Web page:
-Sanding back and repainting carriage exterior to remove graffiti damage

LHY 1613

Built in the 1960s, LHY 1613 is an example of an express parcels and luggage van. These were once a common sight attached to the rear of regional passenger services, laden with passengers’ luggage and bags of mail. They remained in active service until the 1980s, when mail by rail fell out of favour, and timber-bodied carriages were gradually being phased out of use. 1613 found its way to Canberra Railway Museum, where it became a long-term project to restore it as a crew and stores van for long-distance excursions.

In 2022, the decision was made to instead restore the van as a volunteers’ facility; a space for our diligent workers to escape the elements, have a bite to eat, and relax.

Achievements thus far include:

-Relocating the van from long-term storage to the museum precinct

-Patching a hole in the roof and applying a fresh coat of protective silver paint

-General cleanout of interior

-An initial repaint of the eastern side

Current tasks include:

-Reactivating the electrical system and lights

-Repainting the interior

Future tasks include:

-Fully repainting the exterior

-Repair and replace rotten coffin vestibule timbers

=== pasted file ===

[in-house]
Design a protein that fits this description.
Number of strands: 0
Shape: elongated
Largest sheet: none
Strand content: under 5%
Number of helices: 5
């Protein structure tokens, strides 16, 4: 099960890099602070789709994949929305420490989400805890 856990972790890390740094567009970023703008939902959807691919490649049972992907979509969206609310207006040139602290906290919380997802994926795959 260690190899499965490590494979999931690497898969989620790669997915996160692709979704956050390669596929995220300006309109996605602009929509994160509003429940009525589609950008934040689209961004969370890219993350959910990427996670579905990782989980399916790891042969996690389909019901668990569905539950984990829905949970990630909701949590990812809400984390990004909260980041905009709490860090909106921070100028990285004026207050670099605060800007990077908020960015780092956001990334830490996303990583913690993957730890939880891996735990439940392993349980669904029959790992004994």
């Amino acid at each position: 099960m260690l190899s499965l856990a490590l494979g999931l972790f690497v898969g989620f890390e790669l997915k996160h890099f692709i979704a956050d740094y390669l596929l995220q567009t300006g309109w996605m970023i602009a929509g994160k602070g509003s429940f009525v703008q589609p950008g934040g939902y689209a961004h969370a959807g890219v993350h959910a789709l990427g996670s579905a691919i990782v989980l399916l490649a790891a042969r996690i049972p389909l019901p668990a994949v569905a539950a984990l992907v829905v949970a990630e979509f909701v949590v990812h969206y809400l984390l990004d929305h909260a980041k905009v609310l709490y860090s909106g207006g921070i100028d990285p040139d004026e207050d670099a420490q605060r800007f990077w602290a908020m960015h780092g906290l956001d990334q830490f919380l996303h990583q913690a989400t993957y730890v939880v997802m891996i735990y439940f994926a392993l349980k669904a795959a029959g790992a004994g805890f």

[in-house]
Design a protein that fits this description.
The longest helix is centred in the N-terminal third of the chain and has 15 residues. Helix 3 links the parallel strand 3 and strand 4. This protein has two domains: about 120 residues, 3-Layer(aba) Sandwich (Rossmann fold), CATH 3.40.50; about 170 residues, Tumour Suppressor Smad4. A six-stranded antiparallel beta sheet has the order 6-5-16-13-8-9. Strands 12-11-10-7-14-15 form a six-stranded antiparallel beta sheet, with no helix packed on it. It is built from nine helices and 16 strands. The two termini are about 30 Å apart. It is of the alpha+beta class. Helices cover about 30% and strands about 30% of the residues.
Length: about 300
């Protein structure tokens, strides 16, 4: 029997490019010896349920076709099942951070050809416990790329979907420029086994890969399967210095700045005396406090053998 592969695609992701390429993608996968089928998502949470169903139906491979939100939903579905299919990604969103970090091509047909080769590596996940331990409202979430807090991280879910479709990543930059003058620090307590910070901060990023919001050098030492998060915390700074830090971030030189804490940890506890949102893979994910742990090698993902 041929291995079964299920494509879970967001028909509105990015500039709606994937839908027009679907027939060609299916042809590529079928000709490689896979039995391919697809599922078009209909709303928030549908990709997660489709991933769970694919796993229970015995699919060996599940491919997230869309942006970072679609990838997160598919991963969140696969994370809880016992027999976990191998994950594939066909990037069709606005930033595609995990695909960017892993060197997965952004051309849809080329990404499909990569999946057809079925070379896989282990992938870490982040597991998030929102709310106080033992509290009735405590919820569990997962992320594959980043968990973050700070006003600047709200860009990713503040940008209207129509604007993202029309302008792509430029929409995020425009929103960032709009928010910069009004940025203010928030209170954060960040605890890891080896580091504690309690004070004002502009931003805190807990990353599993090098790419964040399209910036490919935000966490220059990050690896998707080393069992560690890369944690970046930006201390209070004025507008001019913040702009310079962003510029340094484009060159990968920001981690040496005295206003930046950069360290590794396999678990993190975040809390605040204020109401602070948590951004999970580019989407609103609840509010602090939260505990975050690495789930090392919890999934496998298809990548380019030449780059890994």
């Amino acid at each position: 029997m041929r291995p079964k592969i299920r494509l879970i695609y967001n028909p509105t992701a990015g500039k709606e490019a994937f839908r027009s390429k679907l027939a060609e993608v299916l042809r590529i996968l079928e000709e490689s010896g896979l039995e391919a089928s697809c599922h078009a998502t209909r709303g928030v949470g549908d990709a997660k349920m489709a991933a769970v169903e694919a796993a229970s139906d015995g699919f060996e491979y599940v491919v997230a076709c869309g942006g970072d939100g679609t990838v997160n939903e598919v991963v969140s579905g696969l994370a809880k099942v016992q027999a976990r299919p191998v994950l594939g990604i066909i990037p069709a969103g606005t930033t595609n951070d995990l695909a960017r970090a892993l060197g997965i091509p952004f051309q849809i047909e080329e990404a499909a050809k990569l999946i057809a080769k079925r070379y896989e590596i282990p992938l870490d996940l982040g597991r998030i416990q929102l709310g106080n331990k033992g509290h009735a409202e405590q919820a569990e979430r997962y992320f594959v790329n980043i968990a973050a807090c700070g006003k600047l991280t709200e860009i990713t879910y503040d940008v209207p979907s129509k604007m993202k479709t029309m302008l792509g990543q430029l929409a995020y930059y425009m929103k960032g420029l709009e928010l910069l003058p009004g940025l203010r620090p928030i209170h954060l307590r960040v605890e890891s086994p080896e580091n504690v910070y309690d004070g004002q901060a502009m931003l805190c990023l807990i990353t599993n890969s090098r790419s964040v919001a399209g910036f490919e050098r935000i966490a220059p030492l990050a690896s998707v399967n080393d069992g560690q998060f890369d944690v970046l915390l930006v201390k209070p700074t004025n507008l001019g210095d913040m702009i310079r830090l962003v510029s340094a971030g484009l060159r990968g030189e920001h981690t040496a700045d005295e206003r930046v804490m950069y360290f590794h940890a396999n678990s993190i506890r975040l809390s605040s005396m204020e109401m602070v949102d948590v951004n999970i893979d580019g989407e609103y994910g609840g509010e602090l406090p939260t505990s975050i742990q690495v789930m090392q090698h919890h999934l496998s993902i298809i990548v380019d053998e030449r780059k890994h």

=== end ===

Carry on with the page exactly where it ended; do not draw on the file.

-Constructing an external platform for ease of access

Locomotive 3016

3016 was built in 1903 as a 30 class suburban tank engine. In 1930 it was rebuilt as a tender engine for use on rural branch lines. Spending much of its working life around the Central West, 3016 is now a star attraction at Canberra Railway Museum, and for many years was our primary form of steam traction.

Last operational in 2019, the locomotive requires an overhaul before it’s ready to carry passengers again. Work on this overhaul commenced in November 2022, and continues as funds and volunteers permit.

Achievements thus far include:

-Removal of boiler cladding and boiler fittings

-Removal of expired superheater elements

-Successful boiler thickness test

-Coating of boiler with protective paint

-Manufacture of new boiler cladding

Current tasks include:

-Arranging an internal boiler inspection

-Finalising a forward strategy for restoration

-Establishing a fundraising appeal

Future tasks include:

-Repairs to damaged horn guides on the front bogie

-Manufacture of new superheater elements

-General overhaul of the boiler

CPH Railmotors

First hitting the tracks in 1927, the CPH railmotors were NSW’s first production foray into internal combustion traction. 37 were built with the purpose of replacing costly steam locomotives on branch lines that were struggling to make a profit, often where the passenger numbers were too low to justify a full train.

Canberra Railway Museum owns a pair of railmotors: CPH 27 & 37, the latter of which was the last of its kind withdrawn, as recently as 1985! 27 is the more complete of the two, with 37 still requiring mechanical work before it is fit to run.

Achievements thus far include:

-Repairing the radiator system on CPH 27

-Brining CPH 27 to a nominally operable state

-Internal and external cleanup and repaint on both railmotors

Current tasks include:

-Inspecting CPH 37’s mechanical condition

-Assessing for the installation of radio equipment

Future tasks include:

-A lift inspection of CPH 37

-Servicing of both railmotor engines

-Repairs to damaged seats and blinds